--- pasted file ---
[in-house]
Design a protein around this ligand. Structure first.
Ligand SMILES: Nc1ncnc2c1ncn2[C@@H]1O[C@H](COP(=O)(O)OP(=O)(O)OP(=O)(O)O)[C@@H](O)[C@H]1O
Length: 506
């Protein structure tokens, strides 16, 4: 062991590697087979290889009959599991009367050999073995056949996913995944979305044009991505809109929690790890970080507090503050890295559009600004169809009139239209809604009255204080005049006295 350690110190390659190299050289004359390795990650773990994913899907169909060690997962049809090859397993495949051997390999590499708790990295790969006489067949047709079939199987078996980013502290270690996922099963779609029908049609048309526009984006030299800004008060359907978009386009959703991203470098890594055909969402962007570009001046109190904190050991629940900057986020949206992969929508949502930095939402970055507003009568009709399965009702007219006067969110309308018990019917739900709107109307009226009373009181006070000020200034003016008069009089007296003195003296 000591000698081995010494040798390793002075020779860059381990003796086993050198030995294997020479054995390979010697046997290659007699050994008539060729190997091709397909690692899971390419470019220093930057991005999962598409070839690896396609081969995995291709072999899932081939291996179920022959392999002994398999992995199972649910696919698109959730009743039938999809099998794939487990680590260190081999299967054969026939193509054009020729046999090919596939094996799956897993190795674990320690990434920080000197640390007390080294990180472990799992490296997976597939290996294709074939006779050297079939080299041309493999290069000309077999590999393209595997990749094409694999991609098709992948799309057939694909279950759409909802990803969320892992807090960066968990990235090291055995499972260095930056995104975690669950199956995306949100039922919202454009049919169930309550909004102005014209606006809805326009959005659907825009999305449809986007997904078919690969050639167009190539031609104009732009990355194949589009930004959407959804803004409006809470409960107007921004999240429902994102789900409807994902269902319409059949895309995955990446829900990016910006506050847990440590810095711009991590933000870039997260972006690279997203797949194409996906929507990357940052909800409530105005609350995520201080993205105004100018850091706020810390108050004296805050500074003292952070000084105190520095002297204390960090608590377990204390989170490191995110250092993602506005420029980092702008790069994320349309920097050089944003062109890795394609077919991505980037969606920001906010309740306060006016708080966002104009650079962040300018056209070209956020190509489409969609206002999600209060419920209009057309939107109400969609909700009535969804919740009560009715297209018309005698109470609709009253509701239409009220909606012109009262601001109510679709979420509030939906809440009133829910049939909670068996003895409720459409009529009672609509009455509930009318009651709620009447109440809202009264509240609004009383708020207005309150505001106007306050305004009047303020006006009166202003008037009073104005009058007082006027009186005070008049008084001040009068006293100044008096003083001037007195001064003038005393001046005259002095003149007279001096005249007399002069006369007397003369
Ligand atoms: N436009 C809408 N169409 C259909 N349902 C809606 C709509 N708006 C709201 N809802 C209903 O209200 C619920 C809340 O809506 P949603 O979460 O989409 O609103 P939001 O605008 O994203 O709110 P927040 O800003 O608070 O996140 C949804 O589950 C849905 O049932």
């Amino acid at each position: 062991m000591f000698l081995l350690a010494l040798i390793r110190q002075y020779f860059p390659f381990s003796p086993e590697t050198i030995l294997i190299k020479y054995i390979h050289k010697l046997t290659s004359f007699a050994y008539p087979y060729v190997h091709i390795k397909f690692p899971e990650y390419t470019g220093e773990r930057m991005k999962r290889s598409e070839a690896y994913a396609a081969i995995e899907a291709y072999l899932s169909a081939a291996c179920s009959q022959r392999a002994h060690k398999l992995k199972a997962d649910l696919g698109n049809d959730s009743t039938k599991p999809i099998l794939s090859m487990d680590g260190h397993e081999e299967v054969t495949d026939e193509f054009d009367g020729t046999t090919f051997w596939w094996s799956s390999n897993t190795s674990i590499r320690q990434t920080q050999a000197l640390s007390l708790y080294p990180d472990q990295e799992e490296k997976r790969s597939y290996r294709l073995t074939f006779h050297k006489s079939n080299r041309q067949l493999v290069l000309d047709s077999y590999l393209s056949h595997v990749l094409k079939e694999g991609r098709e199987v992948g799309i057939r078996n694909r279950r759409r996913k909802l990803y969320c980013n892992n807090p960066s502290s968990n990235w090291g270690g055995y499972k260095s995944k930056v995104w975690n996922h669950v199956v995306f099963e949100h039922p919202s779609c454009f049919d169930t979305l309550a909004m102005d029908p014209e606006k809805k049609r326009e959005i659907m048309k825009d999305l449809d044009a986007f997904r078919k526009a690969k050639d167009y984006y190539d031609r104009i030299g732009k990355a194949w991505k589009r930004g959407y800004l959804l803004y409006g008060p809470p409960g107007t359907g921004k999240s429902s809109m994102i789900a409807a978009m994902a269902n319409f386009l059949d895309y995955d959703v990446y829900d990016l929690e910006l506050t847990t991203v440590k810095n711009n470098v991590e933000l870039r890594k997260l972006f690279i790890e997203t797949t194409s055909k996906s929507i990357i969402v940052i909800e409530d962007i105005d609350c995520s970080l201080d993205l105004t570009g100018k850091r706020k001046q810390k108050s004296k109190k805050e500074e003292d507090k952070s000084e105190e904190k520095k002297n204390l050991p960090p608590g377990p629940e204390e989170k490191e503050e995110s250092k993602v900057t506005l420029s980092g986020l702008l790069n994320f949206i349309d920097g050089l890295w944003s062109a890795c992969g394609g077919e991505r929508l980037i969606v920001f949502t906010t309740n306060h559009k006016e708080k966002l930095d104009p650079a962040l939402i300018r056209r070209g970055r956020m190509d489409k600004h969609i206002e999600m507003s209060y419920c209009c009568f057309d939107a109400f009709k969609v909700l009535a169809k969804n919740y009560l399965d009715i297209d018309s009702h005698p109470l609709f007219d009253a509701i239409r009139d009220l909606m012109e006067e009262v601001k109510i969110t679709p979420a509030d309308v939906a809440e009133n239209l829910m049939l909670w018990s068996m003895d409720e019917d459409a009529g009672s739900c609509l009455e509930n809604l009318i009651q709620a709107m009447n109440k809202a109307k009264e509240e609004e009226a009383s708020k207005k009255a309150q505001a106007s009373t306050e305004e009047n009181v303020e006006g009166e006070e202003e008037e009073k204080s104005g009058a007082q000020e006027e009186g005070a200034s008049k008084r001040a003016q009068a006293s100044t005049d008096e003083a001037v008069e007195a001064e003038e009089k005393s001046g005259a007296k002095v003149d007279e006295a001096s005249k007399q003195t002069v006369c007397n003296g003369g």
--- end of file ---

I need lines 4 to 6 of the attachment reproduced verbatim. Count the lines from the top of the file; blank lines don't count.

Length: 506
């Protein structure tokens, strides 16, 4: 062991590697087979290889009959599991009367050999073995056949996913995944979305044009991505809109929690790890970080507090503050890295559009600004169809009139239209809604009255204080005049006295 350690110190390659190299050289004359390795990650773990994913899907169909060690997962049809090859397993495949051997390999590499708790990295790969006489067949047709079939199987078996980013502290270690996922099963779609029908049609048309526009984006030299800004008060359907978009386009959703991203470098890594055909969402962007570009001046109190904190050991629940900057986020949206992969929508949502930095939402970055507003009568009709399965009702007219006067969110309308018990019917739900709107109307009226009373009181006070000020200034003016008069009089007296003195003296 000591000698081995010494040798390793002075020779860059381990003796086993050198030995294997020479054995390979010697046997290659007699050994008539060729190997091709397909690692899971390419470019220093930057991005999962598409070839690896396609081969995995291709072999899932081939291996179920022959392999002994398999992995199972649910696919698109959730009743039938999809099998794939487990680590260190081999299967054969026939193509054009020729046999090919596939094996799956897993190795674990320690990434920080000197640390007390080294990180472990799992490296997976597939290996294709074939006779050297079939080299041309493999290069000309077999590999393209595997990749094409694999991609098709992948799309057939694909279950759409909802990803969320892992807090960066968990990235090291055995499972260095930056995104975690669950199956995306949100039922919202454009049919169930309550909004102005014209606006809805326009959005659907825009999305449809986007997904078919690969050639167009190539031609104009732009990355194949589009930004959407959804803004409006809470409960107007921004999240429902994102789900409807994902269902319409059949895309995955990446829900990016910006506050847990440590810095711009991590933000870039997260972006690279997203797949194409996906929507990357940052909800409530105005609350995520201080993205105004100018850091706020810390108050004296805050500074003292952070000084105190520095002297204390960090608590377990204390989170490191995110250092993602506005420029980092702008790069994320349309920097050089944003062109890795394609077919991505980037969606920001906010309740306060006016708080966002104009650079962040300018056209070209956020190509489409969609206002999600209060419920209009057309939107109400969609909700009535969804919740009560009715297209018309005698109470609709009253509701239409009220909606012109009262601001109510679709979420509030939906809440009133829910049939909670068996003895409720459409009529009672609509009455509930009318009651709620009447109440809202009264509240609004009383708020207005309150505001106007306050305004009047303020006006009166202003008037009073104005009058007082006027009186005070008049008084001040009068006293100044008096003083001037007195001064003038005393001046005259002095003149007279001096005249007399002069006369007397003369
Ligand atoms: N436009 C809408 N169409 C259909 N349902 C809606 C709509 N708006 C709201 N809802 C209903 O209200 C619920 C809340 O809506 P949603 O979460 O989409 O609103 P939001 O605008 O994203 O709110 P927040 O800003 O608070 O996140 C949804 O589950 C849905 O049932």